Forget Work Life Balance, It’s All About Work Life Harmony

Here at All Star Code, we create economic opportunity by developing a new generation of entrepreneurs who have the tools they need to succeed in technology.

Our Summer Intensive program is a six-week course that introduces students to essential web development skills, an entrepreneurial mindset, and a network of peers who also love building things that matter.

It is the beginning of the second week of our Summer Intensive. By today our cohorts have formed bonds. 85% of them should know 85% of each other’s names. They should be yelling “I have failed” multiple times an hour. And, they should be really eager to continue coding.

Parents should be beaming, thrilled at all their young man has learned.

And our teachers? They should be exhilarated and tired from a week of real learning.

And us? Well, this is the moment we have all been waiting for and preparing for — and it feels great.

I’d like to spend a moment on the pretty hilarious article one of our team members shared on Slack last Wednesday.

This CEO spends a long time outlining some compelling stress relief tips but undermines the whole thing by bragging about his 70–90-hour work week. Good lord.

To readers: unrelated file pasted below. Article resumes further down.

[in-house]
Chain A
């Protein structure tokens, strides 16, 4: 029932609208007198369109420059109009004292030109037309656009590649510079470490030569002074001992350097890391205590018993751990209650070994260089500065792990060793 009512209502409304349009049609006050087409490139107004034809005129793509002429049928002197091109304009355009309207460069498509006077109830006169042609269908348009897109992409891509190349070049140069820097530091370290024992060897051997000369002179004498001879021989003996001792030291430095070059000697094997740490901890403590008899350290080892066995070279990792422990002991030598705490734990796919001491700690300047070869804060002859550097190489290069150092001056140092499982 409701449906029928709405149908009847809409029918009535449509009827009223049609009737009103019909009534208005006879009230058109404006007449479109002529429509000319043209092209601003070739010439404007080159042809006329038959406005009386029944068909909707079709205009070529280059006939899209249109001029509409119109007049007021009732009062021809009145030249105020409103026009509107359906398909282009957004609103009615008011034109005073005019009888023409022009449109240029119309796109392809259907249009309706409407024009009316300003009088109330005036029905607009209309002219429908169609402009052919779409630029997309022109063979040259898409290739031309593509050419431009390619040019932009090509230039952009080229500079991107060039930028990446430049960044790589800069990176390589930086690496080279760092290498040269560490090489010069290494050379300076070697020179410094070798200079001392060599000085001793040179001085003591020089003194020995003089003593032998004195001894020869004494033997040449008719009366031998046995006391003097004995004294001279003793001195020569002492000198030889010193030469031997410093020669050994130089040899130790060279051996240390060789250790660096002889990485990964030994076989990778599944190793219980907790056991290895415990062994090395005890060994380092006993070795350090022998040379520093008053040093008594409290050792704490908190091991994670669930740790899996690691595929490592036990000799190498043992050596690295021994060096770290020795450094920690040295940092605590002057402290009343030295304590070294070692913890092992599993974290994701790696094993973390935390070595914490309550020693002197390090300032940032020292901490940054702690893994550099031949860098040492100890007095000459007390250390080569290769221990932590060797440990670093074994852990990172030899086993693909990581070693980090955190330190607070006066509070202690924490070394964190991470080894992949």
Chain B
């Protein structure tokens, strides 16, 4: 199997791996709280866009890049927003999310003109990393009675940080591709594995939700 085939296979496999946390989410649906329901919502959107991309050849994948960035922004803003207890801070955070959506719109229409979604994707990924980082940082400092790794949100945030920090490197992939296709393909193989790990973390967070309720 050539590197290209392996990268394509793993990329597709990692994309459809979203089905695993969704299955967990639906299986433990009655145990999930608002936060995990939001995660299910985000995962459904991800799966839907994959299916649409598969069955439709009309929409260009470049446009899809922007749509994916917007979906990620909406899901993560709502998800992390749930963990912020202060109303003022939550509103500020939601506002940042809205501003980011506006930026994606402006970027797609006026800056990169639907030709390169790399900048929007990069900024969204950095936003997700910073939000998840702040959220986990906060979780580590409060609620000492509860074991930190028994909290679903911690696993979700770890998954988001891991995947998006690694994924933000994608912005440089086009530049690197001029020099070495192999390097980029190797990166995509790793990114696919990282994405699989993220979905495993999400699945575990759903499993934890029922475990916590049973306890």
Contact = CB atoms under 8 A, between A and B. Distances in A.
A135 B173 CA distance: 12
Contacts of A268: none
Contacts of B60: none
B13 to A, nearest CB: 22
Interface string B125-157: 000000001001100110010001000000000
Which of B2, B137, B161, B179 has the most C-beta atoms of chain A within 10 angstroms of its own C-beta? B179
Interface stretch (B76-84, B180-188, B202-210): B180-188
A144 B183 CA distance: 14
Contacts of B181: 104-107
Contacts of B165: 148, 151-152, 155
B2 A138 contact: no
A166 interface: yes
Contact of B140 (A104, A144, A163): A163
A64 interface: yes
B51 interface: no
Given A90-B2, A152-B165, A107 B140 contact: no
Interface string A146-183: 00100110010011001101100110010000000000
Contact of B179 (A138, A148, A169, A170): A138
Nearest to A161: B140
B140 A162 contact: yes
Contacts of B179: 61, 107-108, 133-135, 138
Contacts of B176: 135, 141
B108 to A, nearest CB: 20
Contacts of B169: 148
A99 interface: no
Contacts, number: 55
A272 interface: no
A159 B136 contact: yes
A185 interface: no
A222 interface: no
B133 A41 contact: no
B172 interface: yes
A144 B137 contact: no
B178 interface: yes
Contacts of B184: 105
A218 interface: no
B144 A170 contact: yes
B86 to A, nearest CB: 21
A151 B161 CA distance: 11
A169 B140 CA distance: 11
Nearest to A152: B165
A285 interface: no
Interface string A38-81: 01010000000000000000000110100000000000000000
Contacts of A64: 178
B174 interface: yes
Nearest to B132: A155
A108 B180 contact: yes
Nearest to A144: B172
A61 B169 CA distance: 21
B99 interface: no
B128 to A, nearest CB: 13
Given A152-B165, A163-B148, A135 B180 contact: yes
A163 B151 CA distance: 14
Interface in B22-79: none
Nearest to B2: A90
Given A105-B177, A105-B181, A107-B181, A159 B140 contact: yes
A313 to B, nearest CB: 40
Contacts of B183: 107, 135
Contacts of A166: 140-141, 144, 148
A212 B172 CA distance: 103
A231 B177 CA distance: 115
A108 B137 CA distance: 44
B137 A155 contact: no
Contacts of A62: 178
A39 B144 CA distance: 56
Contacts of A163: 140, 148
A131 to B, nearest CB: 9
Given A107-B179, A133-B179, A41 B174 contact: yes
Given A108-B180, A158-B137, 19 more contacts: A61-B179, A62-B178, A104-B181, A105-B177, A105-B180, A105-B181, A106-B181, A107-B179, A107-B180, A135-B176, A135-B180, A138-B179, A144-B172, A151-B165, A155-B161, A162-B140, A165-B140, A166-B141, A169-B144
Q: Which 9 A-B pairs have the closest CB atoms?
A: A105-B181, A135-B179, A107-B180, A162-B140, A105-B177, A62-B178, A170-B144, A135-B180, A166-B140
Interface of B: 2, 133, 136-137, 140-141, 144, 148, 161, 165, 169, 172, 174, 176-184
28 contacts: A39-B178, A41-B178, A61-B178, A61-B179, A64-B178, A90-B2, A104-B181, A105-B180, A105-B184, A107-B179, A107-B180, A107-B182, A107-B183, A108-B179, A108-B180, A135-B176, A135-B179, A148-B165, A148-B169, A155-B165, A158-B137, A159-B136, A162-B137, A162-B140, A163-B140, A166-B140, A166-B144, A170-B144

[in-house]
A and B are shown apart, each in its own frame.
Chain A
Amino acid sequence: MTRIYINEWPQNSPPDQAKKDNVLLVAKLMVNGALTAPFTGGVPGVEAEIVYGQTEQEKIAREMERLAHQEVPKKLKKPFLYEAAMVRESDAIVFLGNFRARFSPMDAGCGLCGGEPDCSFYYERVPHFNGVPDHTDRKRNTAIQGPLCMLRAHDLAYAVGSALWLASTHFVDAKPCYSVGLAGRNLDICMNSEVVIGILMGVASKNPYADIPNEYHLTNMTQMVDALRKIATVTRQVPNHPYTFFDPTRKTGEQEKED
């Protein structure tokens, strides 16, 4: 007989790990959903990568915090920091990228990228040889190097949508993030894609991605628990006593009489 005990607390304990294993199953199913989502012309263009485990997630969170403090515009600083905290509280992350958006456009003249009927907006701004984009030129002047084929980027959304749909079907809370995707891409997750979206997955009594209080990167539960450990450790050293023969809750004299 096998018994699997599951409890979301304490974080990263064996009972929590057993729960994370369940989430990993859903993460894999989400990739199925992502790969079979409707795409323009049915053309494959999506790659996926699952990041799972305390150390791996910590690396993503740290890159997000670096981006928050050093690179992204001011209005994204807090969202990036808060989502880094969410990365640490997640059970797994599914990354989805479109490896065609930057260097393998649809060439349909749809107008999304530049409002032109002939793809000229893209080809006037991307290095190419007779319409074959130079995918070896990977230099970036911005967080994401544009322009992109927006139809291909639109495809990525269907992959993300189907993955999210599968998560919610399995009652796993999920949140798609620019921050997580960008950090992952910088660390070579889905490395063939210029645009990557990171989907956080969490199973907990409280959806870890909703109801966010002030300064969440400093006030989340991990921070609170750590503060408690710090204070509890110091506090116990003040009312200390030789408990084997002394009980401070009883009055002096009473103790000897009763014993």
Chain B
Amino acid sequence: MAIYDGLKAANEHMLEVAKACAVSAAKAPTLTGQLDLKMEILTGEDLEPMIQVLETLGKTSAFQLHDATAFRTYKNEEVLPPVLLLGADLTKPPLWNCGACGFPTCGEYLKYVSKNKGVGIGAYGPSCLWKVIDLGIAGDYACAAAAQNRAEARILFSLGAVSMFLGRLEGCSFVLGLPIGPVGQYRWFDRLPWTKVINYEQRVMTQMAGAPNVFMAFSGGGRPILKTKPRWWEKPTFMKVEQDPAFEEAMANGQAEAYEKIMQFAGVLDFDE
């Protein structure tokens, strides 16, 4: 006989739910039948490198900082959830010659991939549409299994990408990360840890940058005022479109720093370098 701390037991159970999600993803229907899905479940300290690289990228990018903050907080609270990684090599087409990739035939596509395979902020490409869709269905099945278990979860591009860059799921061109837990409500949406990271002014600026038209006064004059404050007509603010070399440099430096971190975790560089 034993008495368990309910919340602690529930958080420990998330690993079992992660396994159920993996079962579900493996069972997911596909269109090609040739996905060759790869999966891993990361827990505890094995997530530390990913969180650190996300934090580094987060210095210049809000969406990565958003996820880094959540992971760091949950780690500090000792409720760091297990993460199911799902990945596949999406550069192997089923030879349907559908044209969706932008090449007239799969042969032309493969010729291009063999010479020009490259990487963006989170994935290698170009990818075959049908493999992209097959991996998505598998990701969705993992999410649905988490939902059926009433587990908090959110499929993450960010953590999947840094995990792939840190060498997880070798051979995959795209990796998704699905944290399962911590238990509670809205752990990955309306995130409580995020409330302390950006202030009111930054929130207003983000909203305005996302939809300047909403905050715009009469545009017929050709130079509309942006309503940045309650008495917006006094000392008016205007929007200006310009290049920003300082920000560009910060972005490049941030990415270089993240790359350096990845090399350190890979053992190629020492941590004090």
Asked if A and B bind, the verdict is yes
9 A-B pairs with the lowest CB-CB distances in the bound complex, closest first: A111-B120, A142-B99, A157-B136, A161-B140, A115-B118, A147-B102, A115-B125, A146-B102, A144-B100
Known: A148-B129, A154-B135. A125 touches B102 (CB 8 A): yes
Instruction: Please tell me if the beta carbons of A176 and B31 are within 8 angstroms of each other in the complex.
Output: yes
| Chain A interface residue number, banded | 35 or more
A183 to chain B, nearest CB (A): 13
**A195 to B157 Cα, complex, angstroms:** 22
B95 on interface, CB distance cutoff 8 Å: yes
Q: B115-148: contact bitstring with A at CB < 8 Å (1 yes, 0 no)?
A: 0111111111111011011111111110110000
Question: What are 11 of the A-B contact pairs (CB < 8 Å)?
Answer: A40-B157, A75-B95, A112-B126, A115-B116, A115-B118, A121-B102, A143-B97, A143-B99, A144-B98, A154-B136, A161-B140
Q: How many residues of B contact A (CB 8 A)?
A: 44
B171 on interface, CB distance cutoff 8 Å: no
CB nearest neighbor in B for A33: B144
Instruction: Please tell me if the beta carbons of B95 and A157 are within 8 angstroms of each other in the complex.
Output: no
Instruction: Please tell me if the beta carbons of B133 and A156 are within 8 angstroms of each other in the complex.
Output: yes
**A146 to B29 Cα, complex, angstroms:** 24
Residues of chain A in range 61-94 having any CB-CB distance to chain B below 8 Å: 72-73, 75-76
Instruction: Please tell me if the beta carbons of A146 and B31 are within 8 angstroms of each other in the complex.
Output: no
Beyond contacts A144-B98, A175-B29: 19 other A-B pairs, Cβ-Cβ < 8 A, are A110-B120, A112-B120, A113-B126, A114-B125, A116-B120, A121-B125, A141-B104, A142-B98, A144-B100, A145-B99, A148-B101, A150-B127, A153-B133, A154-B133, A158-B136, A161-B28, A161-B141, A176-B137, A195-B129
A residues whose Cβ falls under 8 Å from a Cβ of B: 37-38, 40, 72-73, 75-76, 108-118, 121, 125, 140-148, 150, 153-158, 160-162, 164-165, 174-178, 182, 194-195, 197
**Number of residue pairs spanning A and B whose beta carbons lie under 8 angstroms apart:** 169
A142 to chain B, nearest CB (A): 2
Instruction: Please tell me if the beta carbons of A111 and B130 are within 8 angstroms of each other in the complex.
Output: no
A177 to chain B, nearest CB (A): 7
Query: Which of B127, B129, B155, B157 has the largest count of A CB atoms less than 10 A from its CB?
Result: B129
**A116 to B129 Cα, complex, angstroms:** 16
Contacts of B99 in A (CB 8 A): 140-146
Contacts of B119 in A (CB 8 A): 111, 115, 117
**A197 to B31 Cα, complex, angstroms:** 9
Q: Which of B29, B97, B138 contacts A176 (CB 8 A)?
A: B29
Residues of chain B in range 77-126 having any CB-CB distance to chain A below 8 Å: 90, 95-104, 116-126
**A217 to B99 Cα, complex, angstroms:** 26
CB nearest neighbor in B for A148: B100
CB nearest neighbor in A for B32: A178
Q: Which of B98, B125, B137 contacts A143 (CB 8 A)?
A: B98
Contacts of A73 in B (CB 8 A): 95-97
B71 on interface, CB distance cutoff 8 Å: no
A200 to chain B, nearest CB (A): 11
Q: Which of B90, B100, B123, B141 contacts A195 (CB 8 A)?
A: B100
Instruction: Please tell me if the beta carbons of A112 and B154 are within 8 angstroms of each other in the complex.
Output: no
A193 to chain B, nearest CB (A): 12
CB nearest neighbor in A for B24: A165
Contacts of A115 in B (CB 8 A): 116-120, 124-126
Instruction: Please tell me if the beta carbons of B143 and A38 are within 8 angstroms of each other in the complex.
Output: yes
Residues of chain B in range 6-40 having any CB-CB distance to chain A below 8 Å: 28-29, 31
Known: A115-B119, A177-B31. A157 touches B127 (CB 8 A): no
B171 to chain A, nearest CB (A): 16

Our Vice President of Programs, Danny Rojas made a great point as we were laughing about this on our way to the Hunter College President’s Summer Cocktail party Wednesday. He said something like: “It’s not about work life balance. You want work life harmony.”

I think that’s right on. For myself, I would say I work between 35 and 70 hours a week. It’s a big range because I sometimes need time for endless amounts of school stuff. That’s why flexibility is important to how our organization will thrive. I am here in East Hampton writing this and I’m going to finish up because I want to join the kids and my husband at the pool. But some days I might not see my children because I leave before they wake up and return home after they go to sleep.

I am encouraging my team to work really passionately right now and spend as much time as they can close to the action, immersing in the program, listening to students, teachers and parents. The summer is only six weeks long. It’s most rewarding when you form relationships during it.

Whatever your “summer intensive” looks like, allow it and the people within it to become a part of your life as they have mine. I’m excited to immerse in our program for the coming weeks, and experience true work life harmony.